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Ricardo Holbert knows that he's a truly blessed man who has a lot of living to do -- especially now that he is 10 months into a successful double transplant to remove kidneys that were only functioning at six percent and a pancreas that had not worked since he was 14.
Since the cell phone was born the “Smartphone” is becoming the fastest selling cell phone of all time. The first versions of smartphones were a combined function of a personal digital assistant (PDA) with a mobile phone. Then we saw the functionality of the music player, digital camera, pocket video and even a GPS built into the phone.
Hundreds are expected to pack the Rainforest Theatre at the Wyndham Nassau Beach Resort January 20 for the third annual 'Love That Child' musical production, a chance for local and visiting talent to take the stage, sing and dance their hearts out with proceeds to benefit children's homes.
"We are extremely grateful to Bank of The Bahamas for making 'Love That Child' possible for the third straight year," said Karen Rawlings, co-producer of the youth musical extravaganza. "In addition to the children from the Philly Connection again performing alongside talented young Bahamians, we are bringing in a real treat this year -- the pre-pro team of the Philadelphia 76ers Dance Team.
There was a time when picking a cell phone was a relatively easy task.
For the most part, it all boiled down to design. Do I like the way the phone looks? Is it the right color? Function never came into play because all cell phones did one thing - make calls.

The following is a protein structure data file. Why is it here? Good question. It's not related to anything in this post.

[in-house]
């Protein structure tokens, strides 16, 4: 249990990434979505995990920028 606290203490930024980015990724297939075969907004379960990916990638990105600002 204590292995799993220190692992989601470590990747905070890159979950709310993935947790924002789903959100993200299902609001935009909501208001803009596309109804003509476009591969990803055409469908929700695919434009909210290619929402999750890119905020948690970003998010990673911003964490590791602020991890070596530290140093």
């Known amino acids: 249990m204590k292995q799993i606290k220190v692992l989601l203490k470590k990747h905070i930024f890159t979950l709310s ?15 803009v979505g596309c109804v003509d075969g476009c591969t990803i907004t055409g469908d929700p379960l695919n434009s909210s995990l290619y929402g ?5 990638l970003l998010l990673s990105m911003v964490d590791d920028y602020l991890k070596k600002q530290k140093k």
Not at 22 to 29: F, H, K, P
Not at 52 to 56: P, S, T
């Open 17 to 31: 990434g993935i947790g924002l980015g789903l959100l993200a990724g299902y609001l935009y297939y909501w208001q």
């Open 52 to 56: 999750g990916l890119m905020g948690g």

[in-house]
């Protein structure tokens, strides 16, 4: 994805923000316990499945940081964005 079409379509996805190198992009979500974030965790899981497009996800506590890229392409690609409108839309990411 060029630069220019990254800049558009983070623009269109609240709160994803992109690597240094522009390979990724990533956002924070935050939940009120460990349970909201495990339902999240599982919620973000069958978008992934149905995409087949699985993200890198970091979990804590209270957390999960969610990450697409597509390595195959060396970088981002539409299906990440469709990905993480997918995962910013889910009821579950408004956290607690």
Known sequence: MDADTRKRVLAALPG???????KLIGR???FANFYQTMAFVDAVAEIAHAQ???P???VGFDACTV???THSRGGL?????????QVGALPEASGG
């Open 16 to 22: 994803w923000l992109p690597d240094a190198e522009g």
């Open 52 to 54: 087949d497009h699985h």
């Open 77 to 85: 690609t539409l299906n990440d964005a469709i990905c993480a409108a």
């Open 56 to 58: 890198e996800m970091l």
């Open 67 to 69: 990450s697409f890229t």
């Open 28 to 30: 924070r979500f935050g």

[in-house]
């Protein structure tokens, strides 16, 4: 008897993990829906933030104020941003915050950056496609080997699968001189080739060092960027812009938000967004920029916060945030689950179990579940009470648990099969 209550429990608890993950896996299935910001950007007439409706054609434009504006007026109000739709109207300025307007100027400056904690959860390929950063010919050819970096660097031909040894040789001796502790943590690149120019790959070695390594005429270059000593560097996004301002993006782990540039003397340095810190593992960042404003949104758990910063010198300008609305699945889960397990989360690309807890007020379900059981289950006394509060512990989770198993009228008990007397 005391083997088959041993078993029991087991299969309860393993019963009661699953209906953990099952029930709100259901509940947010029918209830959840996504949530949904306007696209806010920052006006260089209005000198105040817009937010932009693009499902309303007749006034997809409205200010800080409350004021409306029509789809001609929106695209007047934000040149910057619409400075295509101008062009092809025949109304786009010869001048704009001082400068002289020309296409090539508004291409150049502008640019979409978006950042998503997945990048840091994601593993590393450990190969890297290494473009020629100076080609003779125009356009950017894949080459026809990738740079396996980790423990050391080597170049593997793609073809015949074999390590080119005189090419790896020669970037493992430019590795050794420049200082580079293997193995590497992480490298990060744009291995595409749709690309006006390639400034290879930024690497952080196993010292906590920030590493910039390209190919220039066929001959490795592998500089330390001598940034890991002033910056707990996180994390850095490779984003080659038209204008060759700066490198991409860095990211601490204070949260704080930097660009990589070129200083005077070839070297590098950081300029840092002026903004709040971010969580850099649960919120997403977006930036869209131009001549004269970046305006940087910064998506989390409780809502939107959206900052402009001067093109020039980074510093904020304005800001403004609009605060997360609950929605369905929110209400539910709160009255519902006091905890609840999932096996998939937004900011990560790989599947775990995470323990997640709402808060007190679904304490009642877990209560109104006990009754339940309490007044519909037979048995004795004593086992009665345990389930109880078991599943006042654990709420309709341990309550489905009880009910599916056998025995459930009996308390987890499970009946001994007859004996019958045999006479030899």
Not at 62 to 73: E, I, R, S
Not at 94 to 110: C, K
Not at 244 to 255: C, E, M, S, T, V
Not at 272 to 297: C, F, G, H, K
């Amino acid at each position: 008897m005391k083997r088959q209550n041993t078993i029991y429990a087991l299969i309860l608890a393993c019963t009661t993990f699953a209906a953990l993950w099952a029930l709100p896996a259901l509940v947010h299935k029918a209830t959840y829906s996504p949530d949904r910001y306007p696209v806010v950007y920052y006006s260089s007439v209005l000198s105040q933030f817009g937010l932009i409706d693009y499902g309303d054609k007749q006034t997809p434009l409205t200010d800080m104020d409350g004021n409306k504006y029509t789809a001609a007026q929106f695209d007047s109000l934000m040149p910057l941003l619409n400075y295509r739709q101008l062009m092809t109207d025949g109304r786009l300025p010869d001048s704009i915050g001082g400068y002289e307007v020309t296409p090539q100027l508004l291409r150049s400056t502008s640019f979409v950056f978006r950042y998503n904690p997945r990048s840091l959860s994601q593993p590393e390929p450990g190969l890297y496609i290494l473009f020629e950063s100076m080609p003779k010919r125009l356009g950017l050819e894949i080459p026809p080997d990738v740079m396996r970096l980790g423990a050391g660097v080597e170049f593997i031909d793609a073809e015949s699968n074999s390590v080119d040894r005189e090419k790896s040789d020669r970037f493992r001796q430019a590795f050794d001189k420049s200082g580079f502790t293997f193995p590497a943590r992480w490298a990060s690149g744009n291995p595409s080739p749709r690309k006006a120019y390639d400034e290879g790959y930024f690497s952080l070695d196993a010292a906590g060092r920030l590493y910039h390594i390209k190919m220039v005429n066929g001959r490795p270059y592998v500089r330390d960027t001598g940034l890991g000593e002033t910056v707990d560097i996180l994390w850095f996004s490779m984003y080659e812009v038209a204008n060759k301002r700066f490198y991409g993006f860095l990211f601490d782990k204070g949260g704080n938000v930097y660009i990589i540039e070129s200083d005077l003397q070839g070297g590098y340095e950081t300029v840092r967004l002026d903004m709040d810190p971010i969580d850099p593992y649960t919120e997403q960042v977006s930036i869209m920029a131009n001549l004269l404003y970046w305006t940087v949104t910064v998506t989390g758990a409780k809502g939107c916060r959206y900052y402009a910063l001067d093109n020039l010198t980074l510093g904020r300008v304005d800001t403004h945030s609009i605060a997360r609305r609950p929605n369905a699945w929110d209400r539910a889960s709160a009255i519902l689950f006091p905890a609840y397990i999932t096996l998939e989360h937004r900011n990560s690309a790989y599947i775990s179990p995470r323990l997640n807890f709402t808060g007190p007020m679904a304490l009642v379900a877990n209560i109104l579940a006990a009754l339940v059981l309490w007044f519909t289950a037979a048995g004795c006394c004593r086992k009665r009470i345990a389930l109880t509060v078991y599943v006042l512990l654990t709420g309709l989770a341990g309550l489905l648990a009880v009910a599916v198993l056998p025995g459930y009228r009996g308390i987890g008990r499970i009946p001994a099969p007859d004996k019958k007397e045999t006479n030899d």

More than 300 invited guests, including Cabinet ministers, dignitaries and business and civic leaders, flocked to Galleria Cinemas on November 7 for the premiere of the highly-anticipated 23rd James Bond adventure film "Skyfall". Heineken hosted the event as part of an international campaign celebrating Agent 007's thirst for the distinctive premium beer.
Anthony 'Skeebo' Roberts is evidence that life doesn't have to end at retirement.
Though Roberts is not a trained actor, his resume of performances include a range of roles--Bahamian to Shakespeare, comedy to drama, stage actor to on-camera appearances--that reflect not only a passion in the field he stumbled into late in life, but also an undeniable talent he shares with many of his trained peers.
"I just always thought that was something I'd like to do--part of my make-up is that kind of creativity," he says. "This is something I'd do for nothing--I'd be on stage for nothing. I love it."